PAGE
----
For moms in Savannah and the Coastal Empire


Our first family camping adventure

by Traci Schumacher on Tue, 10/30/2012 - 11:09am
Meeting at the flagpole.
Shooting at the alien target.

Camping. The mere thought of the word conjures visions of the great outdoors, toasting marshmallows, hiking, and a cozy tent. The reality of this past weekend did in fact include all of these elements, mixed in with a good dose of sibling fussiness, the revelation of things forgotten, and the logistics of coping in a large group environment, all rounded out with general sleep deprivation.

It was our family's first time camping all together. We made our debut on the Cub Scouts' Haunted Trail camping trip, and for the most part really enjoyed ourselves (see the aforementioned “visions”). It was refreshing to get away from normal life, enjoy a bit of nature, and watch the kids have some fun. My 6-year-old really enjoyed his first time using a BB gun and doing archery. Other activities included hiking, fishing, sports, and crafts. My daughter discovered a love for whittling, and she diligently searched for good pieces of wood and worked them with her dad's pocket knife.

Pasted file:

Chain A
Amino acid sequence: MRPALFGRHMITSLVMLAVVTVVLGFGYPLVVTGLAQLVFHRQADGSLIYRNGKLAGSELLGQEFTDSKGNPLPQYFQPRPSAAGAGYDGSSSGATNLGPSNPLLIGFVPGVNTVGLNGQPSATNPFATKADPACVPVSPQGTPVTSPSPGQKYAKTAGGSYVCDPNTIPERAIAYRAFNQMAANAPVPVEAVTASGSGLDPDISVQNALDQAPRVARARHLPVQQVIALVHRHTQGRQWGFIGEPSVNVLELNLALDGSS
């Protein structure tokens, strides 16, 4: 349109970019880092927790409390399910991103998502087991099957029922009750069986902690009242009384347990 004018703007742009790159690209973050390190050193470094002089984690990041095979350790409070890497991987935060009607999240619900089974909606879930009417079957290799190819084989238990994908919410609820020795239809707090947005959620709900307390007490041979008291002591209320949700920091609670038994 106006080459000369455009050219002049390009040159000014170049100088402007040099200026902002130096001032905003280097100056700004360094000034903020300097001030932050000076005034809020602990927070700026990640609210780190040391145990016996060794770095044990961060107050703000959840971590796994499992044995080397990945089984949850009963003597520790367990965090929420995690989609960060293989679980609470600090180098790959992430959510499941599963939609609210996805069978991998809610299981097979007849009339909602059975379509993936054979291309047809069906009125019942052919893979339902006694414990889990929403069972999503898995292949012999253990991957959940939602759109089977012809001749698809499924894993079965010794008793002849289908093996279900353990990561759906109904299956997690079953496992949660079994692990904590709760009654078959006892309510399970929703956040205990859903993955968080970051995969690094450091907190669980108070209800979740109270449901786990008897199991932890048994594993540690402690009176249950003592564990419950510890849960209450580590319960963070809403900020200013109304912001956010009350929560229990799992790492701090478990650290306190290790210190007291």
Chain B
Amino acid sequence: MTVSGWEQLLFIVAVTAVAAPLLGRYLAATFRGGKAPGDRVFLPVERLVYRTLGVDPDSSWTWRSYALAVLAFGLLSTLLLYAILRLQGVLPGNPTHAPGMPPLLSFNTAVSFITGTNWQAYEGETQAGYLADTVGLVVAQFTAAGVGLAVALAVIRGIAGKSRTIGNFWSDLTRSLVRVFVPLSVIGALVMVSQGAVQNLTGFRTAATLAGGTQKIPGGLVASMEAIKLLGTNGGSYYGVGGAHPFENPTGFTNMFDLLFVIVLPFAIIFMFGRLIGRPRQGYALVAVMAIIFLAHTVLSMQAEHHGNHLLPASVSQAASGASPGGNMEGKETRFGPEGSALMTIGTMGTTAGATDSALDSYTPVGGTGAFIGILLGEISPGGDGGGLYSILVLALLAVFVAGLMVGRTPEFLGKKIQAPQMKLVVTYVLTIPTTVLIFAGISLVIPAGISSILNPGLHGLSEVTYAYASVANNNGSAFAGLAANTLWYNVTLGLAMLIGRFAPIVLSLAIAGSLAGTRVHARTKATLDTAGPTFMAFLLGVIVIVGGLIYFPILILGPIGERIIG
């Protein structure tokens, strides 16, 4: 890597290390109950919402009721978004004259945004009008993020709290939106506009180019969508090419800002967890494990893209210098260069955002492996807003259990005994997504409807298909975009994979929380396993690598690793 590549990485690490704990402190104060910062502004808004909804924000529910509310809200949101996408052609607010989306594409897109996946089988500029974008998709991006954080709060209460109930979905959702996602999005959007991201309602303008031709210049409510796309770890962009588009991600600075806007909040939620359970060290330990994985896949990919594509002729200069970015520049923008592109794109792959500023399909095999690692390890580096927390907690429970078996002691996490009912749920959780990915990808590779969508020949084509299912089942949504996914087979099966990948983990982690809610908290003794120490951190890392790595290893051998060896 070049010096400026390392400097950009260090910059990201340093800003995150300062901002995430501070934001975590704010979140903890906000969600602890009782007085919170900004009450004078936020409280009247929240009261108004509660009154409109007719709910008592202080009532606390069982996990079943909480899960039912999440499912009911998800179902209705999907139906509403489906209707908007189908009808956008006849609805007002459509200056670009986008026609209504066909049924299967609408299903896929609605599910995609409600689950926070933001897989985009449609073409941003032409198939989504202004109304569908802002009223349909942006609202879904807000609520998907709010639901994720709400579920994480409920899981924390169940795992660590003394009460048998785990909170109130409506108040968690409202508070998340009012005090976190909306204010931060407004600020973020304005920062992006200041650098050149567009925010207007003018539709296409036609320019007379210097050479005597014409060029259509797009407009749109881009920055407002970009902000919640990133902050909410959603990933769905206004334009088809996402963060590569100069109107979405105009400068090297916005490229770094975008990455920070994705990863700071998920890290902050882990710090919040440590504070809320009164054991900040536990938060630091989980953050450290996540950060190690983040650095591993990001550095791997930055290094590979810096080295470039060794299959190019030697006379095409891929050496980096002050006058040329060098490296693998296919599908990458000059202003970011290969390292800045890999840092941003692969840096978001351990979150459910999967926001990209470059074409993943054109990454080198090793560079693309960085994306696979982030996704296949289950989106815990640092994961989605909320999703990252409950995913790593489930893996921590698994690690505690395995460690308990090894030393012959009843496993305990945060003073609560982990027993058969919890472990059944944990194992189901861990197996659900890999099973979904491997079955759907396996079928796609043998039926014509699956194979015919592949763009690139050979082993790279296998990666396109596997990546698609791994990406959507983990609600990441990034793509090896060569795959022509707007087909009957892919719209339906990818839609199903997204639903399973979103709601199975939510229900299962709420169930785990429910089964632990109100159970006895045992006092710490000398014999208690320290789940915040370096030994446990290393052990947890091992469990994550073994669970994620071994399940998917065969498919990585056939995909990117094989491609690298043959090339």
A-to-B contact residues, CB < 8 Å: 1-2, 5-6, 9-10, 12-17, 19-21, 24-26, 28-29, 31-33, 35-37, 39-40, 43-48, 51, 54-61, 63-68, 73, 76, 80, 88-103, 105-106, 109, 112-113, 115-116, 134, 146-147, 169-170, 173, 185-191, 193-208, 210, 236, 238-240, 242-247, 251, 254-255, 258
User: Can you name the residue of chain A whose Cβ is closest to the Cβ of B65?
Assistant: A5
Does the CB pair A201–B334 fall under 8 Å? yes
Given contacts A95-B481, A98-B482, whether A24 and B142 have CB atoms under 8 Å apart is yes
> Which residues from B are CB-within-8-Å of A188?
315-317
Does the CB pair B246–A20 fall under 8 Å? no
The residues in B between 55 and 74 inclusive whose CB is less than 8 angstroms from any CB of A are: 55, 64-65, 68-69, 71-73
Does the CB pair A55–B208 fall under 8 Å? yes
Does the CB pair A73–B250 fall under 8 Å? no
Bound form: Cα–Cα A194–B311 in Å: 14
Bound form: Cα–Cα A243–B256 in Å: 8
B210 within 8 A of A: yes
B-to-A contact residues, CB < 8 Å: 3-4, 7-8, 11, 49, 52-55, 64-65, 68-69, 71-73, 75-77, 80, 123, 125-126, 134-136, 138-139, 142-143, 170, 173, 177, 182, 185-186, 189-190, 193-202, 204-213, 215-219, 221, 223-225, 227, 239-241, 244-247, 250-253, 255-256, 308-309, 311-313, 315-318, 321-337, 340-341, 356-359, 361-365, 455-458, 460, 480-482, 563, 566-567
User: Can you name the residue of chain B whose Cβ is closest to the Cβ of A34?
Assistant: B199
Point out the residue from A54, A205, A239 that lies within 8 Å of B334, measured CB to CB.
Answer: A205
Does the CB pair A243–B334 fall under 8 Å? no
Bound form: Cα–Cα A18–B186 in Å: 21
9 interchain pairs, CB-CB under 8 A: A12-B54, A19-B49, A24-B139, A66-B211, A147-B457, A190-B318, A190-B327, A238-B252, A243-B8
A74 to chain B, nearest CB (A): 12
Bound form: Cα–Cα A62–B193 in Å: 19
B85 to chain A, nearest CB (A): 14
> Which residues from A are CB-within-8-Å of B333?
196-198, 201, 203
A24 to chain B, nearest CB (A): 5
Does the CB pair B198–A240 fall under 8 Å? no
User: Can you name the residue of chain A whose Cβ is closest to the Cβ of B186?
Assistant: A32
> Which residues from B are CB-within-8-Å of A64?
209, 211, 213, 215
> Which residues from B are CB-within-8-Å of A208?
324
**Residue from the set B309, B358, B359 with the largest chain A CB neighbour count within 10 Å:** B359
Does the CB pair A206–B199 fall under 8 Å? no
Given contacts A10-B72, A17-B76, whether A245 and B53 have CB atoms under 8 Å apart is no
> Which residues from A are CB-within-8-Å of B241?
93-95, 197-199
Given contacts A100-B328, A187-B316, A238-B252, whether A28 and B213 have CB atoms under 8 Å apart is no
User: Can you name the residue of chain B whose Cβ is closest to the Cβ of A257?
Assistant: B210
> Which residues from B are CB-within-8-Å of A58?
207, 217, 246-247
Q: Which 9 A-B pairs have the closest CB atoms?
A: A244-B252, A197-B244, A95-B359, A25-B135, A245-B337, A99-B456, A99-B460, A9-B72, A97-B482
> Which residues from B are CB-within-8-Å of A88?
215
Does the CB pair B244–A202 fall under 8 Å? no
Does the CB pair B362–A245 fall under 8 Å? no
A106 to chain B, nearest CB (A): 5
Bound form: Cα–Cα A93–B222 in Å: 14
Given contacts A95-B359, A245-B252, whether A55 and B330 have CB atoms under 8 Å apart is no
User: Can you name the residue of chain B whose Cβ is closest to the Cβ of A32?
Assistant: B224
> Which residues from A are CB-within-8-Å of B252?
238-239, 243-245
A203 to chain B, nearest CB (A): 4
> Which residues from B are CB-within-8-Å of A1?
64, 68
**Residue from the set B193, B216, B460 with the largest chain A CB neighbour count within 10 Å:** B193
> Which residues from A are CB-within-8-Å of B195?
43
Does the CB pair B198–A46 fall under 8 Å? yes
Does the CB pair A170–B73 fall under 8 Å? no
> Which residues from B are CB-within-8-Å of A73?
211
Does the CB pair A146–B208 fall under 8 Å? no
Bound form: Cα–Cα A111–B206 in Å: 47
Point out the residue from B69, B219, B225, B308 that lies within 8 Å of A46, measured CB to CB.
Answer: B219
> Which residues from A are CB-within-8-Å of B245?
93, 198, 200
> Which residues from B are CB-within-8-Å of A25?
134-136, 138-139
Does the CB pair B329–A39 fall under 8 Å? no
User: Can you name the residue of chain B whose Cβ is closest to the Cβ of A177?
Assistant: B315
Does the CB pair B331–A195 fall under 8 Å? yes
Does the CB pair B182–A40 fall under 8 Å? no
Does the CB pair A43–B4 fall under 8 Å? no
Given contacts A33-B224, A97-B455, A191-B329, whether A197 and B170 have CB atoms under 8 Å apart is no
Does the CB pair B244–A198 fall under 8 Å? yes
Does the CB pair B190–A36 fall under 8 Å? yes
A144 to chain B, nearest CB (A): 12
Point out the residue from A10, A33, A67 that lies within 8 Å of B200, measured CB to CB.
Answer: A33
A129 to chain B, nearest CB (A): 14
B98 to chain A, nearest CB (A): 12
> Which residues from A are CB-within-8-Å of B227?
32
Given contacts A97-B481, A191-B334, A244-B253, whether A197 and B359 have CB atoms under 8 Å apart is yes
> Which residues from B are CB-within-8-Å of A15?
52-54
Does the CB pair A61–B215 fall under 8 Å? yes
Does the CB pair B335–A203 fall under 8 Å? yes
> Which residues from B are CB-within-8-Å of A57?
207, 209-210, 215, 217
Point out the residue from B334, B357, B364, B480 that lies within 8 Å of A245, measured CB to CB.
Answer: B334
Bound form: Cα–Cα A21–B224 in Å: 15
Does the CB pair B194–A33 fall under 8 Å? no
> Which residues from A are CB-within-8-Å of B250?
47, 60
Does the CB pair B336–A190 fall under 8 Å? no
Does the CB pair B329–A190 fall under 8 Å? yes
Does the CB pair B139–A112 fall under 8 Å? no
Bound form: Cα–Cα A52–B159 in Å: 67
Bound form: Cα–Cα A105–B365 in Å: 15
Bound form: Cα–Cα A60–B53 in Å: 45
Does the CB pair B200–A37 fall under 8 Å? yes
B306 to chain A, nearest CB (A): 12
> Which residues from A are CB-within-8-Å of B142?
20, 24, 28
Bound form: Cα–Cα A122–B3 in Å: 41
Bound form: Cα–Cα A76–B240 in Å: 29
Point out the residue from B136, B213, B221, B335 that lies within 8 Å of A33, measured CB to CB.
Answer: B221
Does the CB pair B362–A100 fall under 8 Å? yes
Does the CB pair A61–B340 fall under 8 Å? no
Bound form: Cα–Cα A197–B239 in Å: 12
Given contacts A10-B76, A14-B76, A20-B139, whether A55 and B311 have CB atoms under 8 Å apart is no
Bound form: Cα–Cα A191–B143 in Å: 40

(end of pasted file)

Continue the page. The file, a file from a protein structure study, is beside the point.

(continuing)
Our first surprise came after we unloaded our minivan at our campsite and discovered our little Scout had forgotten to bring along his backpack. You know... the one with all his clothes and stuff in it. On the bright side, we were only staying for one night, and as a bonus our son got a lesson in responsibility and adaptability.

We brought a Coleman camp stove, borrowed from my parents, but forgot to bring anything to cook our hotdogs on (we didn't think we would have enough time with all the scheduled events to make a fire, cook, and clean up). We also forgot the cream cheese for the bagels that I brought. So we improvised with our eating plan... another lesson in adaptability.

Overall I think this was a great first camping experience. It was long enough to have some fun and get a feel for it, but also short enough to avoid being overwhelmed by the details of forgotten things and sharing a bathhouse with 1000 other people. You can survive just about anything for a day and a half.

We did observe that, in the future, we will need to find a better way to manage our food to keep the ants away (they didn't miss a crumb... or a hotdog or a grape). My husband suggested we bring less food next time so certain individuals can get by with less bathroom time. And we need to work out a system for packing, organizing, and remembering everything (maybe a well-planned check list would do the trick). Aside from these issues, our family is excited to take our camping fun to the next level sometime... into the wilderness. Or a state park.

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